Dark and thrilling, Far Cry 3 is a tropical Assassin's Creed

Gripping pirate hunting game with one of the most sinister villains in video-gaming history

LAST UPDATED AT 07:41 ON Tue 4 Dec 2012

What you need to know
The third instalment of Far Cry, the survivalist video game series from French-Canadian developers Ubisoft, has been released in the UK.

Far Cry 3 story follows Jason Brody, an American tourist stranded on the savage tropical Rook Island after he and his friends are captured by slave-trafficking pirates led by the evil Vaas Montenegro. Players take on the role of Brody, who has escaped the pirates but must now try to rescue his friends. The gameplay involves shooting enemies, role-playing, building survival skills and stealth missions.

What the critics like
Ubisoft's Far Cry 3 is a superb open-world shooter, says Tom Hoggins in The Daily Telegraph. Rook Island is "a magnificent creation" teaming with weird and wonderful life that is "fantastical but believable". There's also "a clever, compelling array of distractions", dragging you from Far Cry 3's main narrative path.

It plays like a gun-toting, tropical Assassin's Creed, says Nick Gillett in The Guardian. The beautifully crafted landscape of Rook Island is "replete with visceral joys" - one minute you'll be taking out a gang of pirates, the next skinning wild beasts to craft new equipment.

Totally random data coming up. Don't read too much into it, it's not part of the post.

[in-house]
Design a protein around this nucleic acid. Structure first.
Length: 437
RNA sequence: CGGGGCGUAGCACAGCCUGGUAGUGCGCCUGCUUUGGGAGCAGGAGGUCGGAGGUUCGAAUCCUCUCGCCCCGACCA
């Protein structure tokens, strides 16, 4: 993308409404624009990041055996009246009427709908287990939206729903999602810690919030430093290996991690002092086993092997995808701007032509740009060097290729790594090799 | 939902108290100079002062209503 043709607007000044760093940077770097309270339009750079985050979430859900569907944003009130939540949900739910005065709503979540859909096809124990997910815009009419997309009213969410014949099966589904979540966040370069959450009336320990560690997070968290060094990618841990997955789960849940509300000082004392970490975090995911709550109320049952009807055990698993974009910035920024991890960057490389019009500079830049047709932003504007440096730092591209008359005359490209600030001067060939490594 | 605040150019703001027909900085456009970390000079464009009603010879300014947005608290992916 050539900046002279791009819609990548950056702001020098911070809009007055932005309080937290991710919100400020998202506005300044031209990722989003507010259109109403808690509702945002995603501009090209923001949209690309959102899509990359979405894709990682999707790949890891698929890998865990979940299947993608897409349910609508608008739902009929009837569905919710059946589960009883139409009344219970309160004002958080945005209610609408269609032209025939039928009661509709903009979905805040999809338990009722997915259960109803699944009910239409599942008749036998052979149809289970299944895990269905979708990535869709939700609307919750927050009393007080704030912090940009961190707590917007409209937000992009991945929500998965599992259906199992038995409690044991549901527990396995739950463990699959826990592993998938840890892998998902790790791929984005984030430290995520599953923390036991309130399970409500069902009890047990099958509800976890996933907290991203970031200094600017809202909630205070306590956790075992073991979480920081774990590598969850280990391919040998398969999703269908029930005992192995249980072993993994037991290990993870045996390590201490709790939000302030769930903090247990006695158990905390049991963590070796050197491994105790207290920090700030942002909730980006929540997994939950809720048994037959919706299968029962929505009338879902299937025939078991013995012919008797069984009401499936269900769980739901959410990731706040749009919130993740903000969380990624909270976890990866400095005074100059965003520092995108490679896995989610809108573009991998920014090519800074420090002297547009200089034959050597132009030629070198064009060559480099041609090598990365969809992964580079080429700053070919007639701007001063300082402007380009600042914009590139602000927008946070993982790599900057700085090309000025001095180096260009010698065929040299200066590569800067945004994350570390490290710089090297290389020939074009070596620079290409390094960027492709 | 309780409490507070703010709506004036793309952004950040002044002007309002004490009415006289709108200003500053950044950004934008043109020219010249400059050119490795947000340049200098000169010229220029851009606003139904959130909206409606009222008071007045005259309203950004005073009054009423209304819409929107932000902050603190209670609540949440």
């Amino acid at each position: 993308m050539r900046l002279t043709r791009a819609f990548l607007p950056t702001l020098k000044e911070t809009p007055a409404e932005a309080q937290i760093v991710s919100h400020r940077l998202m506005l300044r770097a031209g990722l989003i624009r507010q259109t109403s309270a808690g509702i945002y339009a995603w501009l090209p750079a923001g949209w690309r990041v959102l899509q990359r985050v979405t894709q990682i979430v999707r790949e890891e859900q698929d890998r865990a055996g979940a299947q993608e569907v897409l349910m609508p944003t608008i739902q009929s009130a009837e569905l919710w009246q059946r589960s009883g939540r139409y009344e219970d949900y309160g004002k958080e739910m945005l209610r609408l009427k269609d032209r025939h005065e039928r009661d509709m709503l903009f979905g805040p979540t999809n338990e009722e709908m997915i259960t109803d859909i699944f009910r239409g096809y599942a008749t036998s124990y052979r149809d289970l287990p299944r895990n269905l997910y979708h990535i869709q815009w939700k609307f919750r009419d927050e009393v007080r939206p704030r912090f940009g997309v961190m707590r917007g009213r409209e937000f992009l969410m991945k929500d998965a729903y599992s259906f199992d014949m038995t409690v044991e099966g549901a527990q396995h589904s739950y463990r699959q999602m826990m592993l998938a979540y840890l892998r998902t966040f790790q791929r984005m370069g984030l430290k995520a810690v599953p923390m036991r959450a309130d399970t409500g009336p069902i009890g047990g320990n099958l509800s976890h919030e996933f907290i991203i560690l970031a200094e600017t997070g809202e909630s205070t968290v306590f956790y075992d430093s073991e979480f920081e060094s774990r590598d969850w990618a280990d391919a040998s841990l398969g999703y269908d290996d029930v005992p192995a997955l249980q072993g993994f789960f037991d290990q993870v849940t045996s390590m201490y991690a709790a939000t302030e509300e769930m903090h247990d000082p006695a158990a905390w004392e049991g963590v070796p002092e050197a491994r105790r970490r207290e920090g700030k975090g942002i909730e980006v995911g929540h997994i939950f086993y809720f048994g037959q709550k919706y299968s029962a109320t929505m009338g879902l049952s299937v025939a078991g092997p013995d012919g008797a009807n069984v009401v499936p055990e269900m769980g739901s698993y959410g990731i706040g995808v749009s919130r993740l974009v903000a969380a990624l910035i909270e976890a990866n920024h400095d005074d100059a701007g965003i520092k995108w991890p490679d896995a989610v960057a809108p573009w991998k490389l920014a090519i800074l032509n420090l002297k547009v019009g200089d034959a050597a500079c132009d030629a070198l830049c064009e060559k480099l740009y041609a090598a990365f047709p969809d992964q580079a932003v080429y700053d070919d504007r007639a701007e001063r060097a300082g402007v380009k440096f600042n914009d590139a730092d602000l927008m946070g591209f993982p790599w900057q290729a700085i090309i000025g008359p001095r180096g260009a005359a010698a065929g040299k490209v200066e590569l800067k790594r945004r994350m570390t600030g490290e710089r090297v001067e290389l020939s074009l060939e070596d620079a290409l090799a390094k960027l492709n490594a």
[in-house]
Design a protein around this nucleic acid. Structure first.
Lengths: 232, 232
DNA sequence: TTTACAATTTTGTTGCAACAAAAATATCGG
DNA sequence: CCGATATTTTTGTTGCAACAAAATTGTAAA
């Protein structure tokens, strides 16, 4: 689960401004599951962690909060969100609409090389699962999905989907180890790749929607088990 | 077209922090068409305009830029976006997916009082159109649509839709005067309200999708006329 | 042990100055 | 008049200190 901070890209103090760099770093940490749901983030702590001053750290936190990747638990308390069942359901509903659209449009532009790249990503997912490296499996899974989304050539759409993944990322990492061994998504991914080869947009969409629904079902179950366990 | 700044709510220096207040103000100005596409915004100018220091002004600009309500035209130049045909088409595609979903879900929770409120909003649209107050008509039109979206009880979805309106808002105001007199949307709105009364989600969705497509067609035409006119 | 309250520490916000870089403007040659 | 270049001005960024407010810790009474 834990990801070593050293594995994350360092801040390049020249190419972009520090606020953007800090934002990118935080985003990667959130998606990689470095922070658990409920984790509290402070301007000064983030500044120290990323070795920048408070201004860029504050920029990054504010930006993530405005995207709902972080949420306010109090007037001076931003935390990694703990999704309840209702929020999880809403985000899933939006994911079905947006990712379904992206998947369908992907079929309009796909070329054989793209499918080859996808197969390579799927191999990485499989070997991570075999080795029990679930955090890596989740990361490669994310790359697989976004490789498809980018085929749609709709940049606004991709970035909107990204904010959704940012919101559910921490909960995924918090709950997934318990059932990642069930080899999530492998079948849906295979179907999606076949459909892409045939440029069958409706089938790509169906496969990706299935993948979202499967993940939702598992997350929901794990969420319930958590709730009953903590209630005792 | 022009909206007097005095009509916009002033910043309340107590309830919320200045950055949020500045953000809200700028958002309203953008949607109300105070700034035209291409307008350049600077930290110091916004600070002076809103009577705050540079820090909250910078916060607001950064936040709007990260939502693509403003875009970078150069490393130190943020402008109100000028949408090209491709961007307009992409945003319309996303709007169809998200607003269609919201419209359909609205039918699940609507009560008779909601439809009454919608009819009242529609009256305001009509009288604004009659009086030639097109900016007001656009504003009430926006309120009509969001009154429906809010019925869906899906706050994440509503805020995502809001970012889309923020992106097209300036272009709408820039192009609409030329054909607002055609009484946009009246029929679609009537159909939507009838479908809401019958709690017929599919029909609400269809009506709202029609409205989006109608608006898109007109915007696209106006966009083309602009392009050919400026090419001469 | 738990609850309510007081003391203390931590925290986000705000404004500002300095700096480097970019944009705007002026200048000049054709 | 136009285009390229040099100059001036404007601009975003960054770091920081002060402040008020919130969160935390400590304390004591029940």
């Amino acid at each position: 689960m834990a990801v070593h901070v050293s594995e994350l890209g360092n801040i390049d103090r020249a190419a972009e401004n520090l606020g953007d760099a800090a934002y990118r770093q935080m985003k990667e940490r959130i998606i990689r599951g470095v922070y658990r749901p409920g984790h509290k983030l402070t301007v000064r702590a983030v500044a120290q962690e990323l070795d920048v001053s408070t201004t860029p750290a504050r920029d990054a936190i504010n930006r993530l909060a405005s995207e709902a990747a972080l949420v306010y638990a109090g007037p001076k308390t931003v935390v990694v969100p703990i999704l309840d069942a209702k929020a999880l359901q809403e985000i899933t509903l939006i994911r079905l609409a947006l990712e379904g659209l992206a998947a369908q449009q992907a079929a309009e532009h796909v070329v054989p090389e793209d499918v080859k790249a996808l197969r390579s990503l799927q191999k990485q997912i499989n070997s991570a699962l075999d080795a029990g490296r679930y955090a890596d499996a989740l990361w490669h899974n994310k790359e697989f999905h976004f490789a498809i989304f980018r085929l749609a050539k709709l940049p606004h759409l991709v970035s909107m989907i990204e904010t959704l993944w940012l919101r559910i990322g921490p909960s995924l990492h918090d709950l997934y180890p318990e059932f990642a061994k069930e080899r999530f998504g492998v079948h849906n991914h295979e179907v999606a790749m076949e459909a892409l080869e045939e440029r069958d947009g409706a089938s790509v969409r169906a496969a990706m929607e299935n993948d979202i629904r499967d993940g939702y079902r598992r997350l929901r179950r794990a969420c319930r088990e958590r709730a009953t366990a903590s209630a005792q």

Dark and thrilling, it feels more like a movie than a standard video game, says Lee Price in The Sun. It's on a par with Grand Theft Auto and Batman: Arkham City at their very best and also features "one of the most sinister villains in video-gaming history".

What they don't like
The Far Cry series is an odd one in that no character has ever appeared in any of the games twice, says Roger Hargreaves in Metro. The reason is that they have "all the personality and consequence of a breeze block". · 

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